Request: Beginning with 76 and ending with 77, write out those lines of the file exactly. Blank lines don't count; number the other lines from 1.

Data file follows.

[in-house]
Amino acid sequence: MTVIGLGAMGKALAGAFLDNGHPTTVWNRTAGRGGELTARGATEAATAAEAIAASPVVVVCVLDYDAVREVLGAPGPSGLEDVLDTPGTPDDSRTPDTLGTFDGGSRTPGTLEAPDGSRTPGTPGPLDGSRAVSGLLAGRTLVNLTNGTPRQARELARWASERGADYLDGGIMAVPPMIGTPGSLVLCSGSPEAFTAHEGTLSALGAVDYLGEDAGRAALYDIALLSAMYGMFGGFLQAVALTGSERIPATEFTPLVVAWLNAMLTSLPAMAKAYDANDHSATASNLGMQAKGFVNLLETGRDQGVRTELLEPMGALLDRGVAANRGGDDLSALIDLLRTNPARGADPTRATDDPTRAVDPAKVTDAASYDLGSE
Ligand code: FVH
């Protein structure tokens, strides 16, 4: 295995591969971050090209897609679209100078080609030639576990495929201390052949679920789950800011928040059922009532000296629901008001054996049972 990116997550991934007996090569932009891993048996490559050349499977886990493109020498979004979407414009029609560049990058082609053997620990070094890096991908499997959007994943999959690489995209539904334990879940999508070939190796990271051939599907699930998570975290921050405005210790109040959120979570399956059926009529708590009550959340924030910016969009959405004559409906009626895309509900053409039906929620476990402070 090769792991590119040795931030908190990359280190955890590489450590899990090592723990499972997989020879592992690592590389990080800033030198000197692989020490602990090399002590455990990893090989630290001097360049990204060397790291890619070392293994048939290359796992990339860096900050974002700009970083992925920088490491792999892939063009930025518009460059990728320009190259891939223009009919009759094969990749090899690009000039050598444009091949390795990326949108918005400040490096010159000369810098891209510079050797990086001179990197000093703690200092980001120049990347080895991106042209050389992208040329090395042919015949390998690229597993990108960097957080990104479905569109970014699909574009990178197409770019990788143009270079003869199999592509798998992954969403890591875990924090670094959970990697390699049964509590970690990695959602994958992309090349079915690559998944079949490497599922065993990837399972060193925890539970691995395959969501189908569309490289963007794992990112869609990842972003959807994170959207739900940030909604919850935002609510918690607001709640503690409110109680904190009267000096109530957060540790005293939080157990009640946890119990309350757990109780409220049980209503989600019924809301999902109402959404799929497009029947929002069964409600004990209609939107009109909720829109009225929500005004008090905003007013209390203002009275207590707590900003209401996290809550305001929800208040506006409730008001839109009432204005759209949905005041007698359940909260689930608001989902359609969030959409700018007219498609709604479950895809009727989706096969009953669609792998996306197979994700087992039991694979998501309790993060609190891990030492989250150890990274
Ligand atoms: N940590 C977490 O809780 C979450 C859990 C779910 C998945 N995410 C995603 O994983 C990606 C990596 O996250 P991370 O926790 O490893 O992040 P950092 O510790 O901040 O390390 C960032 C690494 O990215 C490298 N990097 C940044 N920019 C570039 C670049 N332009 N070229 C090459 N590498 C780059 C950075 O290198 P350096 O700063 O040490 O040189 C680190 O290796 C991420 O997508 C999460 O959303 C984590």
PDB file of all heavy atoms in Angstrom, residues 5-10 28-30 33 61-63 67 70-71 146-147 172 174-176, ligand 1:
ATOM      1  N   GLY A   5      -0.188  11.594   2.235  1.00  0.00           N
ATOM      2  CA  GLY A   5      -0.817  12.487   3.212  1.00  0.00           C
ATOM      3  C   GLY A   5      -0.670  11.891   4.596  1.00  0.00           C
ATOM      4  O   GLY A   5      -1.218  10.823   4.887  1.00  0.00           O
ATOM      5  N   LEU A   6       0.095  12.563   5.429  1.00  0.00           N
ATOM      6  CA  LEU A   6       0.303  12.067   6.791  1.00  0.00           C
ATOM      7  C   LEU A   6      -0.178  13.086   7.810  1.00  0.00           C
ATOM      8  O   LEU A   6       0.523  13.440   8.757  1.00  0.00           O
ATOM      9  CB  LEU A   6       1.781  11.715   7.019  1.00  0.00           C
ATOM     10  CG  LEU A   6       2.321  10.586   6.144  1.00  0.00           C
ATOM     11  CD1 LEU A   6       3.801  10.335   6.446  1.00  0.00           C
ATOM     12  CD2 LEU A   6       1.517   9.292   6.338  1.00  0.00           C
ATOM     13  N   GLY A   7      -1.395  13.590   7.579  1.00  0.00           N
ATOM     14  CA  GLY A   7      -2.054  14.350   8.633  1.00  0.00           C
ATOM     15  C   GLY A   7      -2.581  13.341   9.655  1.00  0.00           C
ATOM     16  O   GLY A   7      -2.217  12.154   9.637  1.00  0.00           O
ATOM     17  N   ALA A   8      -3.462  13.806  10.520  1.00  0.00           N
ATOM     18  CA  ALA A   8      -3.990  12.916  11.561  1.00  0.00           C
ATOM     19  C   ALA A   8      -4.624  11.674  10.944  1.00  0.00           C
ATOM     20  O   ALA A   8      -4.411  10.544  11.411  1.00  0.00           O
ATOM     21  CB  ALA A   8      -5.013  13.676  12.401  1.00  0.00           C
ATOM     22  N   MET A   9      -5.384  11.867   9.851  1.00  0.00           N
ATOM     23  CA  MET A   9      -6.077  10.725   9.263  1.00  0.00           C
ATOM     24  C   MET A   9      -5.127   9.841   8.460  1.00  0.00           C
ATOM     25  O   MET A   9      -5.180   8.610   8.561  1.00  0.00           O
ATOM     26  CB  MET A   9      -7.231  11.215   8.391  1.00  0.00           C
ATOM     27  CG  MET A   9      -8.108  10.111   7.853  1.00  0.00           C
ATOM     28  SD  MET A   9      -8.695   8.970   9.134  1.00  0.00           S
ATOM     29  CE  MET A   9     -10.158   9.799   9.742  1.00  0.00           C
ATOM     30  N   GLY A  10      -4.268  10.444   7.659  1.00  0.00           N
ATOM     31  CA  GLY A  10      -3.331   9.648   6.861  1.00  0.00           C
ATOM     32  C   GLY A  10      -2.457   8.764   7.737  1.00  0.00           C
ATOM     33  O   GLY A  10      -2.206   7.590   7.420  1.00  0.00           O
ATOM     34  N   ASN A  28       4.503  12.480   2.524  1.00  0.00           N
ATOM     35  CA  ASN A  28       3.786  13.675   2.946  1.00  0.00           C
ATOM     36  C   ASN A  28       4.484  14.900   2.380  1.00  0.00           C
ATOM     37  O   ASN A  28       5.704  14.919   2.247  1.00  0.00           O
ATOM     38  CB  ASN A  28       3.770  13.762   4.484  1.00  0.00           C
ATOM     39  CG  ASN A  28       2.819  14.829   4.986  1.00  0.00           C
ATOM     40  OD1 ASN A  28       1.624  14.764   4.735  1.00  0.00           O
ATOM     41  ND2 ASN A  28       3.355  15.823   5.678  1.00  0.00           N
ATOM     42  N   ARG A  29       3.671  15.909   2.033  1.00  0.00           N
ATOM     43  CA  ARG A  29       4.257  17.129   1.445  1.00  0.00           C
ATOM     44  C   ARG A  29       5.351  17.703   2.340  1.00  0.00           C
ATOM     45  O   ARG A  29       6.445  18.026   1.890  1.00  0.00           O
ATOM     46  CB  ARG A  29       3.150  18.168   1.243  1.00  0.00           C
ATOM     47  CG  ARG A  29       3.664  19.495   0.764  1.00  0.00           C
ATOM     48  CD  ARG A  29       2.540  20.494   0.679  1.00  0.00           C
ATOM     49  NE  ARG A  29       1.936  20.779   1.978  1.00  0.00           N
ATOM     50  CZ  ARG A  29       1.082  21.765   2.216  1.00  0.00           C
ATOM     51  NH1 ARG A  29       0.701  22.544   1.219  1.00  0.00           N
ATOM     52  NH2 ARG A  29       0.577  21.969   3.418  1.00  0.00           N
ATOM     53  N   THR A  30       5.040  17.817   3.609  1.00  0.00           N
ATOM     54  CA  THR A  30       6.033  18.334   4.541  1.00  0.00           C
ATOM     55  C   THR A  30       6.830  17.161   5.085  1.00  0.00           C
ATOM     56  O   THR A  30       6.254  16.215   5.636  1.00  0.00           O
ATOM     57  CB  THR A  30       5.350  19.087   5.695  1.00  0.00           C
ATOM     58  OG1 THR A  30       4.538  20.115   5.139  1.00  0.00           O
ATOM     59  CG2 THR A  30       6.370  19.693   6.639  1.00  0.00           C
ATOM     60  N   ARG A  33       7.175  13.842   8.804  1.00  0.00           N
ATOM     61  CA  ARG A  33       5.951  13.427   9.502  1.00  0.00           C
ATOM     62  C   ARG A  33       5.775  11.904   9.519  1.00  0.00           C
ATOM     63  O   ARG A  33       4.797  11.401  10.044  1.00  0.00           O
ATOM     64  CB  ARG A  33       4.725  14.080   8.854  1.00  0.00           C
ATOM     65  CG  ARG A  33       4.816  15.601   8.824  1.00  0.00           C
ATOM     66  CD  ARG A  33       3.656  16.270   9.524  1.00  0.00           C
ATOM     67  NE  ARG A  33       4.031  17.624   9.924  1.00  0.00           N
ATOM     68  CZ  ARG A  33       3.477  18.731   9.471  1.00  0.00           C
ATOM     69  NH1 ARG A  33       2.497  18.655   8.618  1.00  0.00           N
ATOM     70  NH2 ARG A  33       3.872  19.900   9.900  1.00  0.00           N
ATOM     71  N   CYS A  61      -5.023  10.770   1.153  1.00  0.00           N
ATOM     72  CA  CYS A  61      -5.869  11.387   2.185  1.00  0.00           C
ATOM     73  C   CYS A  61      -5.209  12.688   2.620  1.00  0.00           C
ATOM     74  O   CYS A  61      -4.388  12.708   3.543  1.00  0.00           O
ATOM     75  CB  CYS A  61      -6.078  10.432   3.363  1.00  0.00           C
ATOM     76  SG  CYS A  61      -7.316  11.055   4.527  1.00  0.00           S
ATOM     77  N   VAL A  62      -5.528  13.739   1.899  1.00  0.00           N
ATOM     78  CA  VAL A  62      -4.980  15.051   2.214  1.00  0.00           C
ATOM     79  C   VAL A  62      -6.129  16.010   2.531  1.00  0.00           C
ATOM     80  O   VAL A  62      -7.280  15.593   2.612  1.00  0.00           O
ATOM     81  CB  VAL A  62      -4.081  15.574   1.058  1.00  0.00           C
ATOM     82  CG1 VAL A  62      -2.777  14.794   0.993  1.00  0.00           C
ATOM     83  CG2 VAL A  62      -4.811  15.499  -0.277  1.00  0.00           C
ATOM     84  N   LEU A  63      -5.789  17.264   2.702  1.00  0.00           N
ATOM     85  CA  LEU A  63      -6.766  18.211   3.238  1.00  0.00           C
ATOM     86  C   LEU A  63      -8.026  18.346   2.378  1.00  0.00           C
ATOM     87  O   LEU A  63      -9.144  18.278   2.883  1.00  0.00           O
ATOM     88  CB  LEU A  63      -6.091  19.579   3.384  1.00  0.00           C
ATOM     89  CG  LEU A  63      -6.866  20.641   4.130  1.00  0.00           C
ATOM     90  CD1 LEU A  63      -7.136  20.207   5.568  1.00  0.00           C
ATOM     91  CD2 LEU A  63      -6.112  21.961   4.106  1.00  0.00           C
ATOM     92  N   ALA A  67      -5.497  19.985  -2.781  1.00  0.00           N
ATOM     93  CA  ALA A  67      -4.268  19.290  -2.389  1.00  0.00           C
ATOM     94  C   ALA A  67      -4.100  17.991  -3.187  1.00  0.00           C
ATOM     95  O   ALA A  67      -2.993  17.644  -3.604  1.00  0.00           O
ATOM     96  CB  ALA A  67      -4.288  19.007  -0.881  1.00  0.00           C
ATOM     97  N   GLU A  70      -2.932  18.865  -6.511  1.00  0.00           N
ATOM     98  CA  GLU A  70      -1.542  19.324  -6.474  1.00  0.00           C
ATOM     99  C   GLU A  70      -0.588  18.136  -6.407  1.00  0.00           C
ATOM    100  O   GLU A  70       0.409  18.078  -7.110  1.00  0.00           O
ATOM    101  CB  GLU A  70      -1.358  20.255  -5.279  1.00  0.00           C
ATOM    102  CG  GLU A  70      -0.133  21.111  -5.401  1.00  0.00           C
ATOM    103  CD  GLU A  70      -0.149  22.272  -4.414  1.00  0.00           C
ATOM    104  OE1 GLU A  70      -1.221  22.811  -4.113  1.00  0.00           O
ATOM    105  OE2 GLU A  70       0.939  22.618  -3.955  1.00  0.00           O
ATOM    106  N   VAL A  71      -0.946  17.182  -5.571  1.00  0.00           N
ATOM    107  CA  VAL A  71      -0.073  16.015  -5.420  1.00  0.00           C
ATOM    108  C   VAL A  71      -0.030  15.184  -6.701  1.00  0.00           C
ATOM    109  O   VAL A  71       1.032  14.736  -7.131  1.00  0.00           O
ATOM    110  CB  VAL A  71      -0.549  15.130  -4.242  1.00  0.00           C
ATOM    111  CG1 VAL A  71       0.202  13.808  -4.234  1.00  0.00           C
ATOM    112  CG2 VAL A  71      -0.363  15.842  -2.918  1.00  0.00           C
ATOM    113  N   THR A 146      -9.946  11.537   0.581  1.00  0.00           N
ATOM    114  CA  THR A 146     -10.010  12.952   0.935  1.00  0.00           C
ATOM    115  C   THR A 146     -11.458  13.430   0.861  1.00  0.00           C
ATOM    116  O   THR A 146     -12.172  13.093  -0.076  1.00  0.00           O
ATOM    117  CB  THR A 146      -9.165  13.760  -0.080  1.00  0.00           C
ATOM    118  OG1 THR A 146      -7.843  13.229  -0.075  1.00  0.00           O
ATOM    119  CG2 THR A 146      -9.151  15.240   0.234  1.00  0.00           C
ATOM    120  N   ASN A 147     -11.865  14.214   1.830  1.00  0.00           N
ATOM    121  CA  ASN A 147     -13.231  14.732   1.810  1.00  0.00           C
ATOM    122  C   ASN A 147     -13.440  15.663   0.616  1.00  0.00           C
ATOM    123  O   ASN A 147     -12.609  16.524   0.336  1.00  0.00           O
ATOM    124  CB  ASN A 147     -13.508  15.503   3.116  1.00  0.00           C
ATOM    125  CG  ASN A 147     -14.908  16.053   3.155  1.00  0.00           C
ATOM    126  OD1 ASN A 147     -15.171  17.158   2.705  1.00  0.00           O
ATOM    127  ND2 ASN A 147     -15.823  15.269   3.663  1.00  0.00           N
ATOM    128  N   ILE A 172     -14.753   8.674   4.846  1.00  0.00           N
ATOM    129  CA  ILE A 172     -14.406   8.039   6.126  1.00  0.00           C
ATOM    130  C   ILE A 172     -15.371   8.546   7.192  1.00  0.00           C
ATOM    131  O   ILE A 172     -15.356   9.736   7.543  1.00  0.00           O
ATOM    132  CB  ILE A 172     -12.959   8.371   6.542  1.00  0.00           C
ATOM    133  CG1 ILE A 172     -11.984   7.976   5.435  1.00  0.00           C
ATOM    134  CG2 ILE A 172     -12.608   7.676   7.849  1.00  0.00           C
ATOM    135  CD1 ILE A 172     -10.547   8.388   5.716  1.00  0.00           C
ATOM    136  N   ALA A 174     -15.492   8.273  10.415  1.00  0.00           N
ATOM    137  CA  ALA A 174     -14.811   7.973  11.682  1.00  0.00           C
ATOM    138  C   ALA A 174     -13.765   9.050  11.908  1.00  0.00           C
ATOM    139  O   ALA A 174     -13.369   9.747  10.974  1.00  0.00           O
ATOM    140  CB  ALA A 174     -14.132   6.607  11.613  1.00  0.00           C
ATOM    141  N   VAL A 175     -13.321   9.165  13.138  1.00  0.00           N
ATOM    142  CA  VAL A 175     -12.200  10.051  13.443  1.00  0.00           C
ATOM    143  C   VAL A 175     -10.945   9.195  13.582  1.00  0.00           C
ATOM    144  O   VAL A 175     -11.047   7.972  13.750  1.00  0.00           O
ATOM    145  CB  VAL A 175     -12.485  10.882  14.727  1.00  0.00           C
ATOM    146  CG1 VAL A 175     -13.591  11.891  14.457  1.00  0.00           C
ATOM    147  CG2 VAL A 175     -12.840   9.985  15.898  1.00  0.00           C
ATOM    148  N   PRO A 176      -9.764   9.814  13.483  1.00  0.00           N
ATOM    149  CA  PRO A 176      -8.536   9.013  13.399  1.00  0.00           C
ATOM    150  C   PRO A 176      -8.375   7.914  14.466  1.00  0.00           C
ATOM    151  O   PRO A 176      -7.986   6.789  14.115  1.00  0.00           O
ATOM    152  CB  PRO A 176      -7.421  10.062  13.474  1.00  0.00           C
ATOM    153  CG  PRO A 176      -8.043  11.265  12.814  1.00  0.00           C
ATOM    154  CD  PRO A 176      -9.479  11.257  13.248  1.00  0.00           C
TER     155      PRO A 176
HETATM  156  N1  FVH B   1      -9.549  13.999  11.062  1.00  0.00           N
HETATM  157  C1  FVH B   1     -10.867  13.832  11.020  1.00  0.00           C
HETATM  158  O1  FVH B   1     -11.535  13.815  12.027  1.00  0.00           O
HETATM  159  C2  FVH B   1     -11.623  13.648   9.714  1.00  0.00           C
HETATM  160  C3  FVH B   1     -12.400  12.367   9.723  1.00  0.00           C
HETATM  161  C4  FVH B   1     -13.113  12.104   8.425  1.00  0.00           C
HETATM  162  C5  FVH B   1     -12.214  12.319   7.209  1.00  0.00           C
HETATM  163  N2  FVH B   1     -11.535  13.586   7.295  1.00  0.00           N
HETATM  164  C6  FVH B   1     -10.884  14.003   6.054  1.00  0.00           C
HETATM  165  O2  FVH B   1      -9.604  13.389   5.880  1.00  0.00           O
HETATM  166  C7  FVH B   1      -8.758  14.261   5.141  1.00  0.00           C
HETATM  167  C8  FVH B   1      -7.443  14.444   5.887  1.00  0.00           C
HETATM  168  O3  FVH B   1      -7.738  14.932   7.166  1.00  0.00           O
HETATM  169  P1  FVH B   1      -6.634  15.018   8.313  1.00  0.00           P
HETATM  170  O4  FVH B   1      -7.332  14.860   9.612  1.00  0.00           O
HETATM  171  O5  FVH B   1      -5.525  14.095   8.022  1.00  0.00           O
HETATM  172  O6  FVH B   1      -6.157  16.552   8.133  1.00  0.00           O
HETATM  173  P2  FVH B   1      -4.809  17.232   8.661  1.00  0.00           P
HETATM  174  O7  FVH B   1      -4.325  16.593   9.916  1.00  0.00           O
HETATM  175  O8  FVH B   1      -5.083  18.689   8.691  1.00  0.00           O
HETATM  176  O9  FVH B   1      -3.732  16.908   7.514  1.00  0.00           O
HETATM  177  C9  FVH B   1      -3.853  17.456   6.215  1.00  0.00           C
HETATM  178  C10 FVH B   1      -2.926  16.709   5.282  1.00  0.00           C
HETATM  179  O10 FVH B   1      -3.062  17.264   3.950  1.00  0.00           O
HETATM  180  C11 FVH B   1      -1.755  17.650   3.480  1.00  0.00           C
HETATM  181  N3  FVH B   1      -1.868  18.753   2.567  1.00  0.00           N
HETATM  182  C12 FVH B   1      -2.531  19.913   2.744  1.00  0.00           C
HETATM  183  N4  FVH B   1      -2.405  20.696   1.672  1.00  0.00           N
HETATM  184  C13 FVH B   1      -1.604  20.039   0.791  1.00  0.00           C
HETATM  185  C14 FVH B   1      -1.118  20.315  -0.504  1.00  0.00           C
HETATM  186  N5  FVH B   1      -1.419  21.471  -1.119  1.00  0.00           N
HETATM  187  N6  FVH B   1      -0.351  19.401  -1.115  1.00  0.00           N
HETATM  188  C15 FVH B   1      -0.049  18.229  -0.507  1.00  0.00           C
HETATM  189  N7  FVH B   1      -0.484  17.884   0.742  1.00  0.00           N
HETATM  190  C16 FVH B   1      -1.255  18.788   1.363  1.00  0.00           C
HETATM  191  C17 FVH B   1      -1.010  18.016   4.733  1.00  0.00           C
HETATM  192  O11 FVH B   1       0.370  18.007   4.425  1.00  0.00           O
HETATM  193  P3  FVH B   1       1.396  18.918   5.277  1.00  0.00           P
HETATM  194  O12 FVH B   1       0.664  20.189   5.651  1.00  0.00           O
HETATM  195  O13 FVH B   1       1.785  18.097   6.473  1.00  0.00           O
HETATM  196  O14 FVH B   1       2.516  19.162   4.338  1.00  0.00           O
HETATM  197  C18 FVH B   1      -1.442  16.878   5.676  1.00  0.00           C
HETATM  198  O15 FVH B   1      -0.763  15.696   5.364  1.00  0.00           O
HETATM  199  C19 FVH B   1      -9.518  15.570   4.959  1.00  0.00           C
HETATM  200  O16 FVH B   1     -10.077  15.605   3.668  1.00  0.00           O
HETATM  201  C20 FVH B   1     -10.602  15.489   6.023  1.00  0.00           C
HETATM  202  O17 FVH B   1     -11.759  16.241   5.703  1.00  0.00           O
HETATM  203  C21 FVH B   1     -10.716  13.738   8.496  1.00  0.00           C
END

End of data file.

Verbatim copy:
ATOM     70  NH2 ARG A  33       3.872  19.900   9.900  1.00  0.00           N
ATOM     71  N   CYS A  61      -5.023  10.770   1.153  1.00  0.00           N